How to Fix Burn Holes in Clothing

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Cigarette ashes, campfires, hot irons and other accidents can cause burn holes in clothing. Don't throw out the damaged clothes; instead, you can fix the burn holes in minutes.

Fixing Burn Holes With a Patch

Things You'll Need

  • Ruler

  • Fabric-marking pen

  • Scissors

  • Iron

  • Ironing board

  • Dressmaker's pins

  • Sewing needle and thread

Step 1

Find a spot on the clothing from which you can cut a patch. The backs of pockets and seam allowances, for example, are an ideal spot since they are not visible from the right side of the material.

Tip

If you are unable to find a matching patch that is large enough, consider using an iron-on patch instead.

Step 2

Use a ruler and fabric-marking pen to measure and mark a patch that is 1/2 inch larger than the burn hole on all sides. Cut out the patch.

Step 3

Use scissors to trim away any burn marks and loose threads from the hole.

Step 4

Cut a 1/4-inch diagonal notch at each corner of the hole. Fold the edges toward the wrong side of the clothing and iron them flat on the ironing board.

Step 5

With the clothing still inside-out, place the patch on top of the hole. With dressmaker's sewing pins, pin the patch in place on the right side of the clothing.

Step 6

Using the sewing needle and thread, hand-baste around the entire patch. Keep in mind that basting is temporary and will be removed later. Remove the sewing pins.

Tip

If you do not have a sewing needle and thread on hand, you can also use a heat-bond adhesive to seal the patch to the clothing.

Step 7

Turn the shirt inside-out-once again. Fold back 1/2 inch of the patch to the wrong side, aligning it with the folded edge of the hole.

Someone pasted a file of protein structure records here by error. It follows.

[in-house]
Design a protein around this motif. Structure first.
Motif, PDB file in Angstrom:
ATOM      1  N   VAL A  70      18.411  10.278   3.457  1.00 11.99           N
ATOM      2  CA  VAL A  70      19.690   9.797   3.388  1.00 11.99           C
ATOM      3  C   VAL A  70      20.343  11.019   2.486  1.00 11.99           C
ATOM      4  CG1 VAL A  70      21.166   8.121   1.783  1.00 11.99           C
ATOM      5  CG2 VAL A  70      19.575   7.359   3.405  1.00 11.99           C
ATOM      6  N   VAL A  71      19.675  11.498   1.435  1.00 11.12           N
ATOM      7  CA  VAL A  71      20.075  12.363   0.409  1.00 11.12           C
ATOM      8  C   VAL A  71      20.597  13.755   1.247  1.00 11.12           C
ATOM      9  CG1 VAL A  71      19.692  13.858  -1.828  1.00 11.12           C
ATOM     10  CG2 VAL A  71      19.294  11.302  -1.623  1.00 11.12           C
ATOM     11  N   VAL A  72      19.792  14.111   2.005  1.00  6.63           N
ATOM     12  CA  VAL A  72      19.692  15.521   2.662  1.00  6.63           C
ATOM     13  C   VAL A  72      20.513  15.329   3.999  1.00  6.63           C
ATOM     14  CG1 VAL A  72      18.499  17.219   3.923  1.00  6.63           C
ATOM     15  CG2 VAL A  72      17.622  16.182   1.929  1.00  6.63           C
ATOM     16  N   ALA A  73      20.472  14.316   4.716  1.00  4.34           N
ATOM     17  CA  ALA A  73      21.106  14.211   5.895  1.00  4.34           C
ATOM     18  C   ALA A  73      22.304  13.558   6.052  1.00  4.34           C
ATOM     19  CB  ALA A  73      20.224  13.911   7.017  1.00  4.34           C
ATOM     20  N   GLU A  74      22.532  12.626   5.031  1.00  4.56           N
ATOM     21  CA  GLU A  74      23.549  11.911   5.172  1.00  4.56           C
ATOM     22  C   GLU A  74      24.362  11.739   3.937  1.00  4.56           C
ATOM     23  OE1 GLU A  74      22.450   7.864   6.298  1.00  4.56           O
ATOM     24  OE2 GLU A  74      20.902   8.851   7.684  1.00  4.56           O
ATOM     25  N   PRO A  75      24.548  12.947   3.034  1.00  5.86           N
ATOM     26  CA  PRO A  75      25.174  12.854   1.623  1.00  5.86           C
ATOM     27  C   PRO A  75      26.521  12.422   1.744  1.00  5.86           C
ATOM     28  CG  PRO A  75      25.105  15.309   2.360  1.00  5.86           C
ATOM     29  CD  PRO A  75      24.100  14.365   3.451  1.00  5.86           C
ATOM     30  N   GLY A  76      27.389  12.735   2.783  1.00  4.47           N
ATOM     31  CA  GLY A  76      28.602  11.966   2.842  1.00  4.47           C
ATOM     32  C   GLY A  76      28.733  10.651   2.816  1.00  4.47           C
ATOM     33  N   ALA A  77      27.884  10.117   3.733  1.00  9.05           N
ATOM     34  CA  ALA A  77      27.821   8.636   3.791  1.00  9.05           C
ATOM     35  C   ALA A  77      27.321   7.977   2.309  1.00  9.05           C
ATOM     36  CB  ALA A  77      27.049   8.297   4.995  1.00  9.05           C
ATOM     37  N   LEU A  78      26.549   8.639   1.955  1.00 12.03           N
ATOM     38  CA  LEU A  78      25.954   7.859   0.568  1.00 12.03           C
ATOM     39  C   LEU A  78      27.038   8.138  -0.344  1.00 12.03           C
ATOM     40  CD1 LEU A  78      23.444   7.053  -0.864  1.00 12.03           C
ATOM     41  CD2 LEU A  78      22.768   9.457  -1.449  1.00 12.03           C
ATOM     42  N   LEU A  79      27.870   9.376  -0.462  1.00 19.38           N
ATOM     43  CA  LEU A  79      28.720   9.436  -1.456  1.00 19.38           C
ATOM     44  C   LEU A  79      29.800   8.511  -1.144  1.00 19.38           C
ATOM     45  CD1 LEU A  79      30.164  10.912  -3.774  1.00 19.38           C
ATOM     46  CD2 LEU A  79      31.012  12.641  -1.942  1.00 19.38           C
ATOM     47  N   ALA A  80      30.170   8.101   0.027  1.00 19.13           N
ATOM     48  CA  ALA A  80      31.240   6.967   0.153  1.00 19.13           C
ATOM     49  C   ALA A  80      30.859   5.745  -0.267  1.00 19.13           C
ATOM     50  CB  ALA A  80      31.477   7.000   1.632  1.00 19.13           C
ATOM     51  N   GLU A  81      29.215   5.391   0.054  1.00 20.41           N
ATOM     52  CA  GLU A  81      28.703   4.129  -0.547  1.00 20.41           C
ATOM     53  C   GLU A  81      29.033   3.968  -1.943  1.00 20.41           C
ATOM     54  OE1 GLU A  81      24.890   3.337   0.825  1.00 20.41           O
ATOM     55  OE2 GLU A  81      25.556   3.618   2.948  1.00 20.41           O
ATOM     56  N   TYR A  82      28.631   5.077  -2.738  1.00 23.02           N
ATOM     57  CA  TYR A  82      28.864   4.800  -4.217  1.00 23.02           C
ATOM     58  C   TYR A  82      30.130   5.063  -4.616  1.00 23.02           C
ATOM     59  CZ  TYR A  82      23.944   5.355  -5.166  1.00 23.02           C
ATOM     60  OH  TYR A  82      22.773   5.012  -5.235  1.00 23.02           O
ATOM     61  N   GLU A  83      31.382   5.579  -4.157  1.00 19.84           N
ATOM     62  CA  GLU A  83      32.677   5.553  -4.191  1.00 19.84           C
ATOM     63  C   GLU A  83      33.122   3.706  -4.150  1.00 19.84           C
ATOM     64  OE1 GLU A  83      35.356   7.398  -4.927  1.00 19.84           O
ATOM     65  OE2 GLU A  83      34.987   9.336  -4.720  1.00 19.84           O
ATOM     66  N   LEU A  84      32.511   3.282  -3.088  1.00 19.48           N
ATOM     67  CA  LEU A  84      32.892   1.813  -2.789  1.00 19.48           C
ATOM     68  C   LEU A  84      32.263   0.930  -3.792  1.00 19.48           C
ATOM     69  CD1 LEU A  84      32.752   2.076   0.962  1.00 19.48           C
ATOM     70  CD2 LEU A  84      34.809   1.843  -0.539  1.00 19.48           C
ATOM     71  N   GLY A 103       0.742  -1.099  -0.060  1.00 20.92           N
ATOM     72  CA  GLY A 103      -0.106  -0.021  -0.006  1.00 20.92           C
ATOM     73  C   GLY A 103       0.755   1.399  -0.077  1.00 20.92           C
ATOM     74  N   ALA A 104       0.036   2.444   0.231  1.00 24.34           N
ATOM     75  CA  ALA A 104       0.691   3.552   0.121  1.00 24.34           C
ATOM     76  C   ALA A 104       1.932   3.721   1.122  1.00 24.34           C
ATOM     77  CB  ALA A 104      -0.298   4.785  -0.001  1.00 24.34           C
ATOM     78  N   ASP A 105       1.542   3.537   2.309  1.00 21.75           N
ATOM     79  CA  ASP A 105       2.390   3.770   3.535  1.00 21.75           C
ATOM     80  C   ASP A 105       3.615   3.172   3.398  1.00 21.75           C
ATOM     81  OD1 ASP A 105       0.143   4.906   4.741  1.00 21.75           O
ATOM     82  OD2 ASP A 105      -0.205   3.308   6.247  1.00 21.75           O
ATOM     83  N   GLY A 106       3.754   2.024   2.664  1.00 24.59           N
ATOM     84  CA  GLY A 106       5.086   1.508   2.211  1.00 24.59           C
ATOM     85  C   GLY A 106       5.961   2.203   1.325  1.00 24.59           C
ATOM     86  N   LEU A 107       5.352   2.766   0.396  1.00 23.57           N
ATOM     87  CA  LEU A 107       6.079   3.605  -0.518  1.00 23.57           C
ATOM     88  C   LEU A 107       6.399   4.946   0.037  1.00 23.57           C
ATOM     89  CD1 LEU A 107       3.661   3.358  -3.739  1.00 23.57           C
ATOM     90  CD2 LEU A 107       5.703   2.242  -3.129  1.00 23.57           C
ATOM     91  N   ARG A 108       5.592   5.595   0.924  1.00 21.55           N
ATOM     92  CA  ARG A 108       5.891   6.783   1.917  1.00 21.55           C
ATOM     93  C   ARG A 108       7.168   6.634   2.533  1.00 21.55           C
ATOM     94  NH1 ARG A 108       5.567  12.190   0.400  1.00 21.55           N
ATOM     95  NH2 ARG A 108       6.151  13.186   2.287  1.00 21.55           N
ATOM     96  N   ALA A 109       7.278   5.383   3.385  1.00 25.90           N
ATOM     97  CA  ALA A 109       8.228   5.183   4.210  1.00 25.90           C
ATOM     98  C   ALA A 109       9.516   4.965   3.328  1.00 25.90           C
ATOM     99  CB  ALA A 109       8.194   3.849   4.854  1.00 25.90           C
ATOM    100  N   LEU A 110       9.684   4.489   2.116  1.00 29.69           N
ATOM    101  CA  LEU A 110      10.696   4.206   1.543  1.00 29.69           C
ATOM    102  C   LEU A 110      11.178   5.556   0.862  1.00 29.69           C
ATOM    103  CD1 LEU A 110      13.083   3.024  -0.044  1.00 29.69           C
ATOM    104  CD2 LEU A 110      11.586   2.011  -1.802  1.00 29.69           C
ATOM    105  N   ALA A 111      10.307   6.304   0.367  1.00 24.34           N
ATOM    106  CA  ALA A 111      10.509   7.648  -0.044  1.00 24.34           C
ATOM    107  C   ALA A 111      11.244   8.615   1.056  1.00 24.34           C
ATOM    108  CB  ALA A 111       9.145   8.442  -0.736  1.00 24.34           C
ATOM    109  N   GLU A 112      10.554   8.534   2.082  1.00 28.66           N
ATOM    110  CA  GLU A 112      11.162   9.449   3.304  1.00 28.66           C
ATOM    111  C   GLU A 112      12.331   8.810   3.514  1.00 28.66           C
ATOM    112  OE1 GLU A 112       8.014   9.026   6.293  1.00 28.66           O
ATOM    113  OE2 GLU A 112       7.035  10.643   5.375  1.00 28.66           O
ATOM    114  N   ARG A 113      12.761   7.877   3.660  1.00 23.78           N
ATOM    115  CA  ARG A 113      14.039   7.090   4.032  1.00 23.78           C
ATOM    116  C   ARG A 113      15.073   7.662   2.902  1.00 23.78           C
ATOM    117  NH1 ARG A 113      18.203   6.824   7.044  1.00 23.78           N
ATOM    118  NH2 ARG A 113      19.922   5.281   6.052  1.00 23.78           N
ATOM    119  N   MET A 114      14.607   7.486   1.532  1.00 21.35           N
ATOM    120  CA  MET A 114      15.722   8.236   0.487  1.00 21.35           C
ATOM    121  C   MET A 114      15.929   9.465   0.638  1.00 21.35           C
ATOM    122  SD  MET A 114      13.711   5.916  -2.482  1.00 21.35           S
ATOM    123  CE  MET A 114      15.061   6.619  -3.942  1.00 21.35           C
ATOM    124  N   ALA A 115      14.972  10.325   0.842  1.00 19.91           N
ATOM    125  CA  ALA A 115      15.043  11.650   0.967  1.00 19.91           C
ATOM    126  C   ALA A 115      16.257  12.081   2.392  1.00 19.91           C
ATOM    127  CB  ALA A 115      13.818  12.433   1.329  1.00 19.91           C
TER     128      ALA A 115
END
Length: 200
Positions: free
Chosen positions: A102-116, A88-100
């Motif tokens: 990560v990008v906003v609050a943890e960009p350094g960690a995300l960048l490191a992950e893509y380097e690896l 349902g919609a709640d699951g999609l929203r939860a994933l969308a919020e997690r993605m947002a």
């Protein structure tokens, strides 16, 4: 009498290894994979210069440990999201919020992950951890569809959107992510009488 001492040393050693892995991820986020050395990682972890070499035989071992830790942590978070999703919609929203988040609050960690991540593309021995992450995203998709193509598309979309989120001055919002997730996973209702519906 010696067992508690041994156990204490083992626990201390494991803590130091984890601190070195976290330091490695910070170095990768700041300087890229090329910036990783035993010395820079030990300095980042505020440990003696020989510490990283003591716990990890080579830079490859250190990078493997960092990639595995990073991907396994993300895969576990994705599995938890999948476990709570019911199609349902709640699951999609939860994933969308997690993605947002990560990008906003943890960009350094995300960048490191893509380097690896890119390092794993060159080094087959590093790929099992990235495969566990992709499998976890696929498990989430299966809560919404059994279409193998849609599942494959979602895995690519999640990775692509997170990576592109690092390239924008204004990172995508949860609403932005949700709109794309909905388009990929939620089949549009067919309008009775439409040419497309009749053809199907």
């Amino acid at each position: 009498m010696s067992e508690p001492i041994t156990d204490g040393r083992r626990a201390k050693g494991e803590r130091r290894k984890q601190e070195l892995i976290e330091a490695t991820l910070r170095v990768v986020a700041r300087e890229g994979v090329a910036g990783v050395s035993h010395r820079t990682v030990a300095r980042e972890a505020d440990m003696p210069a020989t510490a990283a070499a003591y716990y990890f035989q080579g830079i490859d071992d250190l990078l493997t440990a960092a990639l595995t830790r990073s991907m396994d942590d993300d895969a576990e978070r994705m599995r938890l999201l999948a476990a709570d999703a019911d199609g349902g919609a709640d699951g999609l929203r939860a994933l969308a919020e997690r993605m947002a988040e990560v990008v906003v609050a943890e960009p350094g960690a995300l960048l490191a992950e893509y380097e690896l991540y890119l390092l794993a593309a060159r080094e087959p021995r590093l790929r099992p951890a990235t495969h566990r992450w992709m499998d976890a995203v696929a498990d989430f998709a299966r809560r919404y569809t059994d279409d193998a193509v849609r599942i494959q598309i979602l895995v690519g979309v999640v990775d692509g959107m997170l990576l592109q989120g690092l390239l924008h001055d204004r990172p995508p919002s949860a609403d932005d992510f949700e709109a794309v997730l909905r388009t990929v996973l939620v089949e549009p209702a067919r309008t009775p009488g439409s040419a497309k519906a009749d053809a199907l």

Step 8

Insert the sewing needle through the folded edge of the patch, then through the folded edge of the shirt. This will join the two fabrics without showing a seam on the right side of the shirt.

Step 9

Repeat Step 8, working your way around the square.

Step 10

Finish the edges of the patch with a cross-stitch using the sewing needle and thread.

Step 11

Cut off the corners of the patch to reduce bulk.

Fixing Burn Holes by Darning

Things You'll Need

  • Sewing needle and thread to match the clothing

  • Scissors

  • Small rounded object such as a cup (optional)

Step 1

Use scissors to trim away any burn marks and loose threads from the hole.

Step 2

Place the clothing on a flat surface.

Tip

If you are darning something tubular such as a sleeve or a sock, insert a small rounded object inside so that your threads do not catch on the other side of the clothing when you are sewing.

Step 3

Thread the sewing needle. Start 1/2 inch from the side of the hole and 1/2 inch from the bottom of the hole, and sew a running stitch from side to side.

Step 4

Sew another row of running stitches as close as possible to the first row. Continue sewing horizontal rows of running stitches until you reach the burn hole.

Step 5

When you reach the hole, stitch a long thread over it, stitching back and forth until you have covered the entire hole with thread.

Step 6

Once you have covered the hole, continue stitching horizontal rows of running stitches 1/2 inch past the hole.

Step 7

Change direction and stitch vertically, starting 1/2 inch from the bottom and working your way to the top until you reach the hole.

Step 8

When you reach the hole, weave the vertical thread in and out of the horizontal threads, creating a woven patch.

Step 9

Continue stitching vertically until the stitches are 1/2 inch from the top of the hole.

Step 10

Knot the thread on the back of the clothing; then cut the thread.

references

Jack Watson

Jack Watson is a technical writing professor specializing in new media writing and Web design. He has been actively writing and publishing since 2007 for academic journals including "The Journal of Technology and Culture," "Computers and Composition Online" and "IEEE Transactions in Professional Communication." Watson holds a Ph.D. in rhetoric and composition.